Please help me identify this marking and time period

Started by Al.hoerl, Mar 07, 2024, 04:43:25

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The Metal handle is detachable. Size 2 inches tall with metal handle and about 4 inches wide. The flowers look like they are hand painted with glaze. I'm wondering if it is worth getting appraised as I would love to sell it.


The red mark is a Qianlong honorary mark made in the 2nd half of the 20th century, if you notice everything is out lined in black, traditionally the red colors would have been out lined in red or orange.


So you're saying it's probably not worth much? I've been trying to find anything similar to it for months and can't! The metal handle seems pretty worn like it's really old. I helped with "my old lady friend" neighbor (that's what I called her) and helped move her stuff out of her house. She loved tea! I'll keep it if I can't get much out of it but I just lost my job... so I was hoping for a miracle.


In addition I would like to say that the bowl is decorated in the millefleur pattern.
As far as I know this style has been used since late 19 century up today, with different painting quality.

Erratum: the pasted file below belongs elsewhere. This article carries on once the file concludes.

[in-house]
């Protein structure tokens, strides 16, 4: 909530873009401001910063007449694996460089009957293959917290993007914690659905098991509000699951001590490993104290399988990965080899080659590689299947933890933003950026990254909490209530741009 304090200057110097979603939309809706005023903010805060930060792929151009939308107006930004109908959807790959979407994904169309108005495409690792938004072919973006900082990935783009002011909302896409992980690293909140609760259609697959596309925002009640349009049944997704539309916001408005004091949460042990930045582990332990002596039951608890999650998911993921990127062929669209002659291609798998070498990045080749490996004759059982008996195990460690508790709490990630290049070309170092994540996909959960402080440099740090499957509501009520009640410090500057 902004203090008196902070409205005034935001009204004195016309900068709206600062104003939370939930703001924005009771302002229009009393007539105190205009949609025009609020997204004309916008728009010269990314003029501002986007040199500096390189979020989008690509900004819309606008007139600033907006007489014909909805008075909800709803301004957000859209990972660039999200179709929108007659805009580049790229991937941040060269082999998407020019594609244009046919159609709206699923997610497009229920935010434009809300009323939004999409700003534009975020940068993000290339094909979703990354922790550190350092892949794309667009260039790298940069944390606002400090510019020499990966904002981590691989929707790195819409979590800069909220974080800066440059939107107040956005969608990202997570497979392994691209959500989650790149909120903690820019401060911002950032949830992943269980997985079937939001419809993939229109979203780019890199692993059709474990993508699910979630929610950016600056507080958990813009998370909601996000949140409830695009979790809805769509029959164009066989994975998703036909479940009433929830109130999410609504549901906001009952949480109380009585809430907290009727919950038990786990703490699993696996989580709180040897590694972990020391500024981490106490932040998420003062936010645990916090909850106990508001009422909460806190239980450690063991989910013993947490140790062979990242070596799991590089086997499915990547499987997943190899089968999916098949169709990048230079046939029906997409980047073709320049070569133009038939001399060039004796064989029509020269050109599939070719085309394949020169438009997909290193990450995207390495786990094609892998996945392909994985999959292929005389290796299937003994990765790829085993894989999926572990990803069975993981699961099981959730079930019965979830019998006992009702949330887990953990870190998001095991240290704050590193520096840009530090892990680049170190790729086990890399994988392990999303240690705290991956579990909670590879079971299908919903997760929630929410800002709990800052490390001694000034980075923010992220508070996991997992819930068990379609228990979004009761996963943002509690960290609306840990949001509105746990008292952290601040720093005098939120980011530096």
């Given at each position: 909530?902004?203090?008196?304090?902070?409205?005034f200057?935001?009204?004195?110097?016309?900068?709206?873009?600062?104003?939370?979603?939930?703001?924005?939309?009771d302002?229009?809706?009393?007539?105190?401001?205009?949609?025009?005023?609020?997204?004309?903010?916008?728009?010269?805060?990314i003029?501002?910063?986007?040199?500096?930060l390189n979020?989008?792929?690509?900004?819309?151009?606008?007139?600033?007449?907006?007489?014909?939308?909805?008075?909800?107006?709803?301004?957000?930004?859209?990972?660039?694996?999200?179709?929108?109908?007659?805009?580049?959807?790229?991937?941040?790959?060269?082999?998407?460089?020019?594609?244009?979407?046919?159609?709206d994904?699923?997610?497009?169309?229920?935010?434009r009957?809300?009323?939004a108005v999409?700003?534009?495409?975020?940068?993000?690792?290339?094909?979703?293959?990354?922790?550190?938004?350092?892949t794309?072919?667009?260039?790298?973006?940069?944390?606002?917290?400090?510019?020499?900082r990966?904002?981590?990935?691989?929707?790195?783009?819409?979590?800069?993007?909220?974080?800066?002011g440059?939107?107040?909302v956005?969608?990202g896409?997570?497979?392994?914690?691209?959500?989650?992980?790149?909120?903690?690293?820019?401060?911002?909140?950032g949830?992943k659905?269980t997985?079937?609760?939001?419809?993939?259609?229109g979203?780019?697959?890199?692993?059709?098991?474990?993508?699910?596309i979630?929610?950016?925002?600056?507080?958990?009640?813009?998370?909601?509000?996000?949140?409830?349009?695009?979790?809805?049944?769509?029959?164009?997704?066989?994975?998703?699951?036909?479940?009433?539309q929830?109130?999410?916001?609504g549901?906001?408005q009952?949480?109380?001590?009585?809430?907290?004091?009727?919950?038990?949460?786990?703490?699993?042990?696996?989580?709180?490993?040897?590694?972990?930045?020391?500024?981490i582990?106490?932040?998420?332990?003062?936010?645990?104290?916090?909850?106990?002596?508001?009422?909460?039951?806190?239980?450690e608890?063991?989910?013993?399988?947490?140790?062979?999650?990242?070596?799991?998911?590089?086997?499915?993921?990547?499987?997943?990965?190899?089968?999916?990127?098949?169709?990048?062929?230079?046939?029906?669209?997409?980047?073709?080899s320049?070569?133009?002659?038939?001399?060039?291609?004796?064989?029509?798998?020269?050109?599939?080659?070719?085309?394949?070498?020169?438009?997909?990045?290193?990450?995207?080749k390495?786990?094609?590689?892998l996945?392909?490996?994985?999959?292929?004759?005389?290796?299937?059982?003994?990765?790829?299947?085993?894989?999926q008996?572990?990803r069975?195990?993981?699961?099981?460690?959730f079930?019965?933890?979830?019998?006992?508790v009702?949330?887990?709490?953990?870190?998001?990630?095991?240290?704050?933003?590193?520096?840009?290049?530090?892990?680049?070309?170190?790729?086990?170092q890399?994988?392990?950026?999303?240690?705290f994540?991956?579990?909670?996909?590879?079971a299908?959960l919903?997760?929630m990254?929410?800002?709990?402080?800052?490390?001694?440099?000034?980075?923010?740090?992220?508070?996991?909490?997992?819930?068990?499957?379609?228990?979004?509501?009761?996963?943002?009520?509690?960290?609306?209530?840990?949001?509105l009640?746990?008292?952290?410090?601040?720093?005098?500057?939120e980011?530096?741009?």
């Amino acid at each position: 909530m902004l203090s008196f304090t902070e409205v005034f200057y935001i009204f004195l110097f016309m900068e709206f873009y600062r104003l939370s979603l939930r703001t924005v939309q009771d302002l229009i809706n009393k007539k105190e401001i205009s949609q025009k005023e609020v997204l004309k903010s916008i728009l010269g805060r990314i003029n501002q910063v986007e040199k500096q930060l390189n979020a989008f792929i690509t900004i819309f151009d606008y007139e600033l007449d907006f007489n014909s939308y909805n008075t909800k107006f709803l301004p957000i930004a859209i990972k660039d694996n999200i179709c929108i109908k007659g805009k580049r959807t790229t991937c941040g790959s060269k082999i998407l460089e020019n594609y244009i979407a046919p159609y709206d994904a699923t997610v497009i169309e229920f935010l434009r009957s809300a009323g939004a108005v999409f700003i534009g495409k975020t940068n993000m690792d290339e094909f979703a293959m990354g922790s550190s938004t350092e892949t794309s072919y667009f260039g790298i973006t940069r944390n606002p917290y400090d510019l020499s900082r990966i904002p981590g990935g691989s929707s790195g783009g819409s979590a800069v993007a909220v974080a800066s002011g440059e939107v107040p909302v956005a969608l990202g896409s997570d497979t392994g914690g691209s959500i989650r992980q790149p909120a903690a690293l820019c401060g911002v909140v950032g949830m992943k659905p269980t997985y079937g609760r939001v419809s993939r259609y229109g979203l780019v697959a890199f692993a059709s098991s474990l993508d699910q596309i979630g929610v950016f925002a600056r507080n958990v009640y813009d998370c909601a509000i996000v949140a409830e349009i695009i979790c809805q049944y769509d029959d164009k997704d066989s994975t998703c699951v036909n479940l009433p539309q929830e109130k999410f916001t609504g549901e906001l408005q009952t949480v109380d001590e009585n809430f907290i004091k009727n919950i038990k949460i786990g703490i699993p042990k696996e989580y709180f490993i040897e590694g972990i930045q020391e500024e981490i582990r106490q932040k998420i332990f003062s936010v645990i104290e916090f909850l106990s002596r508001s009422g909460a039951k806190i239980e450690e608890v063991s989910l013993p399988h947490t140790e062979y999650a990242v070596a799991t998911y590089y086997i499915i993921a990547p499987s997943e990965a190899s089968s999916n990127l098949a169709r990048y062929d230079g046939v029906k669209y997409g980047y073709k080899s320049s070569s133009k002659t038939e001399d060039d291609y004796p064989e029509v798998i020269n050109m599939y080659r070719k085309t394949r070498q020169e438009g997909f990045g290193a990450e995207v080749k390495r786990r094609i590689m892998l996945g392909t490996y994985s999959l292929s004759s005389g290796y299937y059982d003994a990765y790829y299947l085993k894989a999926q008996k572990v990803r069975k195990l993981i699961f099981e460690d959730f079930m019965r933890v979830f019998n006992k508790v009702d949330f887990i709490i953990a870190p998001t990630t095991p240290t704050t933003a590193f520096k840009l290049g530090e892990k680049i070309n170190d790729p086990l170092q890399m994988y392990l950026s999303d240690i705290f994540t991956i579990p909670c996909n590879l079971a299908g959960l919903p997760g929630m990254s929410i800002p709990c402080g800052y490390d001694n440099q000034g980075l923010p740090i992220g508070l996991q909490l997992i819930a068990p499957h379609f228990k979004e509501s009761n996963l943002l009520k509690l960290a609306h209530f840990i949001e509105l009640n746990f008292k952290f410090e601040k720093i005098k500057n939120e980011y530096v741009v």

For who is interested there is an article here:


Actually, the Millefleur or Mille Fiori pattern has been used since the early 19th century, or even the Qianlong reign, but there are few of those.
Some differences: Those from the late Qing dynasty usually do not have a black background but it is gilt or similar, IF there is any background visible at all. Two similar sounding names in Chinese mean "the hundred flowers do not show the ground" (百花不露地)  and "the hundred flowers do not fall on the ground" (百花部落地). These mean that the blossoms or flowers cover the ground or fall on other petals, respectively, which in turn indicates that the ground is not visible.

This pattern got popular only in the late Qing dynasty or early 20th century, predominantly in the west, it seems. That means it was mostly made for export from or after the early 20th century. It is more common in the west than in China.